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Why the iPad Beats the Nexus 7 as My Primary Tablet



I’m back to using my iPad as my primary tablet after a few weeks of doing most of my mobile tablet computing on the Google Nexus 7 Tablet. Google and Asus produced a great 7-inch tablet and I love it. It’s close to being the tablet I’ve wanted since I began using tablets with the similarly sized Samsung Q1 Ultra.

However, they left off one important feature that sent me back to my iPad when I’m out and around away from home or the office.

Like chocolate chip cookies without the chips, a tablet without persistent wireless network access doesn’t fit my usage anymore.


When Google and Asus introduced the Google Nexus 7 Tablet I loved the smaller, more portable form-factor. It’s comfortable. I check my email, Twitter, read a few web sites, find a movie time or a good restaurant and then put it away. It even fits in my pocket and feels more like I’m carrying a paperback book or a small DayTimer, something I used for about 15 years before going to a PDA and later a smart phone.

The Google Nexus 7 Tablet fits my lifestyle nearly perfectly and I love the tablet. I get the same long battery life and ease of use that the iPad offers. Tablet apps work great on the device and blown up phone apps look pretty good most of the time since the jumpt from 4 or 5 inches to 7 inches isn’t that big. It’s almost the perfect solution.


For everything it does right, one thing is missing. I miss constant connectivity via 3G or LTE. I got so used to using the 3G of my iPad 2 and now the 4G LTE of my New iPad, that carrying the Nexus 7 feels limiting. Most places I roam offer Wi-Fi so it only bothers me about a third of the time. However, those times were enough to send me back to my Verizon 4G LTE iPad that sat at home.

Readers might ask why I don’t tether with my Samsung Galaxy S III? I do. However, that’s not as quick or complete as built in 4G LTE on the new iPad. I need to turn on the personal hotspot feature each time I want to connect so I don’t end up with a dead battery on my phone.


What does this mean for people who want or need Internet access 100 percent of the time? It means, Google needs to go back to the drawing board and release a similar device with 4G LTE built into the device.

I could even see a new phone that offers a huge screen even larger than the Samsung Galaxy Note that the user can connect to a nice Bluetooth headset like my Motorola Elite Sliver so I can carry one device and use it as a phablet and make the occasional phone call when needed?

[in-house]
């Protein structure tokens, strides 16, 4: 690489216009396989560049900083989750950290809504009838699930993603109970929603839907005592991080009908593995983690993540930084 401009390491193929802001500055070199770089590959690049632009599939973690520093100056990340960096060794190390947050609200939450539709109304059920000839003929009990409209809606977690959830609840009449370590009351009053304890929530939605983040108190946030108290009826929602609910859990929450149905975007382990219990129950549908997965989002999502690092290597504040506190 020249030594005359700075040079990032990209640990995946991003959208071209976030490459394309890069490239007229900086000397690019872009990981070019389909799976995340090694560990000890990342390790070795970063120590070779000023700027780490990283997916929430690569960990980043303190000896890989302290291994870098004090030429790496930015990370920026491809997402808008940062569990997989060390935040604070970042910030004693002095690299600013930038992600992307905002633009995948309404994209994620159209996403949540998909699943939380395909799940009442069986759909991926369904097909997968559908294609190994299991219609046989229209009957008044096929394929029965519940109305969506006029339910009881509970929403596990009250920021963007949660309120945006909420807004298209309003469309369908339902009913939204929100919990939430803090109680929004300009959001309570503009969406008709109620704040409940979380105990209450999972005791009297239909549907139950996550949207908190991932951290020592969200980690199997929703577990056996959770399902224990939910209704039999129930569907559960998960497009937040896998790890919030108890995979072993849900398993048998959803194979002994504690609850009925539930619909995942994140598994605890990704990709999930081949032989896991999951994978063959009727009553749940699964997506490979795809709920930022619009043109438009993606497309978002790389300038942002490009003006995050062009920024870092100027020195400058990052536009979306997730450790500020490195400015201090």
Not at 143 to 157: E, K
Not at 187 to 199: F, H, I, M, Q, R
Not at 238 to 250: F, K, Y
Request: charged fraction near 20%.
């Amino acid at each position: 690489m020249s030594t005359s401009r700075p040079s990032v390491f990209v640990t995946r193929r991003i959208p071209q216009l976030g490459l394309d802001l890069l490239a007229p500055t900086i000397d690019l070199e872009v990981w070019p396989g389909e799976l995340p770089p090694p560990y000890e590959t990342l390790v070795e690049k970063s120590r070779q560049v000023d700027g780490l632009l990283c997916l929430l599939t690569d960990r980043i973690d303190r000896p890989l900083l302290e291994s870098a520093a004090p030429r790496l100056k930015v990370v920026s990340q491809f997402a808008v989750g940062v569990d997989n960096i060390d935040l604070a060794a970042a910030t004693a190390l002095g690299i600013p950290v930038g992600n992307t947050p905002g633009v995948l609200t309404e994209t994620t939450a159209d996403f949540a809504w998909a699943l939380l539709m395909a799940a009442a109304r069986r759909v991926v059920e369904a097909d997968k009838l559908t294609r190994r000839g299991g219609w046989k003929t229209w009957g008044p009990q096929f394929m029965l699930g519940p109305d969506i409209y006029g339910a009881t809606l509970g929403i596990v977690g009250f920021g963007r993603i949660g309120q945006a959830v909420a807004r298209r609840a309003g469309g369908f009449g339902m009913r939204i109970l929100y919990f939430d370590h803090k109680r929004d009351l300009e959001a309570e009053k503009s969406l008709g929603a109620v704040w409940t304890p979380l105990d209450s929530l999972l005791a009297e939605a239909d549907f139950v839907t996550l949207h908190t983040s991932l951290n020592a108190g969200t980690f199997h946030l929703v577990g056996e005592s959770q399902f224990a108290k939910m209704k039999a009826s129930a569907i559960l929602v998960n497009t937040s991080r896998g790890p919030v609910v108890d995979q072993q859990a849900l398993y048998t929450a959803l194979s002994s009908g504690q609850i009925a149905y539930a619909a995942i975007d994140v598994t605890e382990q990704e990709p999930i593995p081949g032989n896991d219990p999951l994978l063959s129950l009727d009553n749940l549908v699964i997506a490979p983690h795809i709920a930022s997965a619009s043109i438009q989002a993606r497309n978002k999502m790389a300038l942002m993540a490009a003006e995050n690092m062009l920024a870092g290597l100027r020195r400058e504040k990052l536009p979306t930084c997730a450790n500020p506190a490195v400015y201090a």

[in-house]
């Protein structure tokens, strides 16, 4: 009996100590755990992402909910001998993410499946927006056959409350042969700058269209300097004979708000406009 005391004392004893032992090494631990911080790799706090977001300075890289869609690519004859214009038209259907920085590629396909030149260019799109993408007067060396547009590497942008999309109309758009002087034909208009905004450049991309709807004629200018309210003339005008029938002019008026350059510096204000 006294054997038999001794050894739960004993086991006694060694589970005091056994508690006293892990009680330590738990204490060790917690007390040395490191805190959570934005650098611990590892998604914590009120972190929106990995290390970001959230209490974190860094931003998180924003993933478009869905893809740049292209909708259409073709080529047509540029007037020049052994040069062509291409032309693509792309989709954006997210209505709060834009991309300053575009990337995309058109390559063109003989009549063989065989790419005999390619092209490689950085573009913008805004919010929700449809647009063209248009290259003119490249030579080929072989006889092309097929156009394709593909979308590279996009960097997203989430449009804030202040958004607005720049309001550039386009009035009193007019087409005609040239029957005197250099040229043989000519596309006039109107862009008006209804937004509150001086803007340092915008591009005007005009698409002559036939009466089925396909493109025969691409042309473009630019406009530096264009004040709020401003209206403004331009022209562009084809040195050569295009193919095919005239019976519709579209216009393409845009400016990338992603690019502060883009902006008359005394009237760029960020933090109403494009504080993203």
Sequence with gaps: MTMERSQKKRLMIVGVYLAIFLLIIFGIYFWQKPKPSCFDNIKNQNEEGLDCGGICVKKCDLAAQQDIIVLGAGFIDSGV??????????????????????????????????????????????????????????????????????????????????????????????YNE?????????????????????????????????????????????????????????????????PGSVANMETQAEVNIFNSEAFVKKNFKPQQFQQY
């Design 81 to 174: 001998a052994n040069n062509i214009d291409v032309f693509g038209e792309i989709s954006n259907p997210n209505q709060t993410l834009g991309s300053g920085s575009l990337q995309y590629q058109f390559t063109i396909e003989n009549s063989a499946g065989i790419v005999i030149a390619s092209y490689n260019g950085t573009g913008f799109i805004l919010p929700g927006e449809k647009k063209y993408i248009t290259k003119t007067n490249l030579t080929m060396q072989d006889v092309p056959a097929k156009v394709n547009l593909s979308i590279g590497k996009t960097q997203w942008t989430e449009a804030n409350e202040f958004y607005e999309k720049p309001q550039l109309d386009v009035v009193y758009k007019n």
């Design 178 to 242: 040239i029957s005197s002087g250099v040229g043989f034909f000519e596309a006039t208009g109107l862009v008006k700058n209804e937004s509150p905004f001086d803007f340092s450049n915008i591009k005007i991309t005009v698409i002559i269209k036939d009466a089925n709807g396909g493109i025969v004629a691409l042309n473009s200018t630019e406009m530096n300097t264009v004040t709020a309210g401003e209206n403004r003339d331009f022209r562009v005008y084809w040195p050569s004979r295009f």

This also means that Apple can jump into this space and produce the rumored new mini iPad with 4G connectivity and sell millions to people like me who now want a smaller talbet with always-on Internet access.



  1. Jaime Lefebvre

    08/28/2012 at 12:14 pm

    So, Kevin, how much extra are you willing to pay for a LTE N7? Obviously, it wouldn’t hit the same price points that it currently enjoys.

  2. Kevin Purcell

    08/28/2012 at 4:53 pm

    Apple adds $130 to offer that. I’d go that high meaning I’d buy the Nexus 7 with higher storage for $389 or $339 for the lower capacity version although I think it would feel more like a value at $300 and $350.

  3. Lawrence

    08/30/2012 at 3:50 am

    Do a fair comparison please – In the UK the iPad costs £500 plus a monthly G3 connection at £15. The Nexus 7 costs £200 plus nothing, ever.

  4. Todd Allcock

    08/30/2012 at 10:49 am

    This is why old tech often beats new. Back in the dark ages, about ten years ago, when I carried a separate PDA and phone, the PDA could automatically fire up an internet connection through the phone via Bluetooth. Once the initial connection was created, and the two devices were told to “trust” each other, the two only needed BT turned on and the PDA connected at will, without me ever touching the phone in my pocket.

    Today, I have to turn on WiFi Internet sharing on my phone first (it doesn’t support BT dial up) for my tablet to see it as a router.

    Two steps forward, one step back…

  5. Frill Artist

    09/13/2012 at 9:56 am

    Unlock phone. 1 step. Go to settings. 2 steps. Turn on tethering and hotspot. 3 steps. 3 steps in total to turn on a nifty feature versus paying anywhere between $30 to $50 per month on top of your cellphone bill. Yeah, I think I’ll stick with 3 miserly steps. Talk about first world problems…

  6. Erasmo

    09/26/2012 at 8:32 pm

    I find your comment interesting, but just can’t imagine someone need so desperately 3G or 4G. If you like so much the Nexus, I’d think you should stick to the device. Now, how about a smaller screen like Note’s?

  7. Mahmoud

    10/16/2012 at 5:30 pm

    Have both and I enjoy the nexeus More than the I pad why would you worry bout 3g or 4g? GO WITH TTHE NEXUS PEOPLE

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